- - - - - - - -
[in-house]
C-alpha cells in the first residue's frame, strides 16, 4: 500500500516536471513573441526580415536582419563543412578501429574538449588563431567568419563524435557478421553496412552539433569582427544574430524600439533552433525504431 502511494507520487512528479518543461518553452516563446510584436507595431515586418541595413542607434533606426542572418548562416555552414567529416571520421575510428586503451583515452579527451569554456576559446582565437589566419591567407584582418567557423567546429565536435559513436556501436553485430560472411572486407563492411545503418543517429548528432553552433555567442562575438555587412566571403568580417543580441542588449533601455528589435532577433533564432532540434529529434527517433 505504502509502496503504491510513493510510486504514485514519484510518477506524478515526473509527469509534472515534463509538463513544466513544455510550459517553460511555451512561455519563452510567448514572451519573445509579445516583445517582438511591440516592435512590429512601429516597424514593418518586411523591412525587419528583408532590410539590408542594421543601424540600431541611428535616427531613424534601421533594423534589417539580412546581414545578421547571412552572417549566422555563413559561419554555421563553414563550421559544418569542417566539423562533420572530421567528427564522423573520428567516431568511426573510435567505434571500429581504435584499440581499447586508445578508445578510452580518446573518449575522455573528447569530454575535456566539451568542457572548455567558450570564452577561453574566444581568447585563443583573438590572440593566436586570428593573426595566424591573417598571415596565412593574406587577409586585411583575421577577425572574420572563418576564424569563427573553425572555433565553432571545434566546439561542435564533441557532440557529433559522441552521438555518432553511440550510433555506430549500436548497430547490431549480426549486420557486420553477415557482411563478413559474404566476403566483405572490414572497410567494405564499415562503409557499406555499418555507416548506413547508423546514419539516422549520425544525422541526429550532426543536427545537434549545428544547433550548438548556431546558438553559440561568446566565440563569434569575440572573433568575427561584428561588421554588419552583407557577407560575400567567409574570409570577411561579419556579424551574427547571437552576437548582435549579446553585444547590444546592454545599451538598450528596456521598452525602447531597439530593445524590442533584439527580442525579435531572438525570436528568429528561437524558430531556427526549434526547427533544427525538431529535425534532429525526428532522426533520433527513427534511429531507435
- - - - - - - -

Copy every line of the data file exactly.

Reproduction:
[in-house]
C-alpha cells in the first residue's frame, strides 16, 4: 500500500516536471513573441526580415536582419563543412578501429574538449588563431567568419563524435557478421553496412552539433569582427544574430524600439533552433525504431 502511494507520487512528479518543461518553452516563446510584436507595431515586418541595413542607434533606426542572418548562416555552414567529416571520421575510428586503451583515452579527451569554456576559446582565437589566419591567407584582418567557423567546429565536435559513436556501436553485430560472411572486407563492411545503418543517429548528432553552433555567442562575438555587412566571403568580417543580441542588449533601455528589435532577433533564432532540434529529434527517433 505504502509502496503504491510513493510510486504514485514519484510518477506524478515526473509527469509534472515534463509538463513544466513544455510550459517553460511555451512561455519563452510567448514572451519573445509579445516583445517582438511591440516592435512590429512601429516597424514593418518586411523591412525587419528583408532590410539590408542594421543601424540600431541611428535616427531613424534601421533594423534589417539580412546581414545578421547571412552572417549566422555563413559561419554555421563553414563550421559544418569542417566539423562533420572530421567528427564522423573520428567516431568511426573510435567505434571500429581504435584499440581499447586508445578508445578510452580518446573518449575522455573528447569530454575535456566539451568542457572548455567558450570564452577561453574566444581568447585563443583573438590572440593566436586570428593573426595566424591573417598571415596565412593574406587577409586585411583575421577577425572574420572563418576564424569563427573553425572555433565553432571545434566546439561542435564533441557532440557529433559522441552521438555518432553511440550510433555506430549500436548497430547490431549480426549486420557486420553477415557482411563478413559474404566476403566483405572490414572497410567494405564499415562503409557499406555499418555507416548506413547508423546514419539516422549520425544525422541526429550532426543536427545537434549545428544547433550548438548556431546558438553559440561568446566565440563569434569575440572573433568575427561584428561588421554588419552583407557577407560575400567567409574570409570577411561579419556579424551574427547571437552576437548582435549579446553585444547590444546592454545599451538598450528596456521598452525602447531597439530593445524590442533584439527580442525579435531572438525570436528568429528561437524558430531556427526549434526547427533544427525538431529535425534532429525526428532522426533520433527513427534511429531507435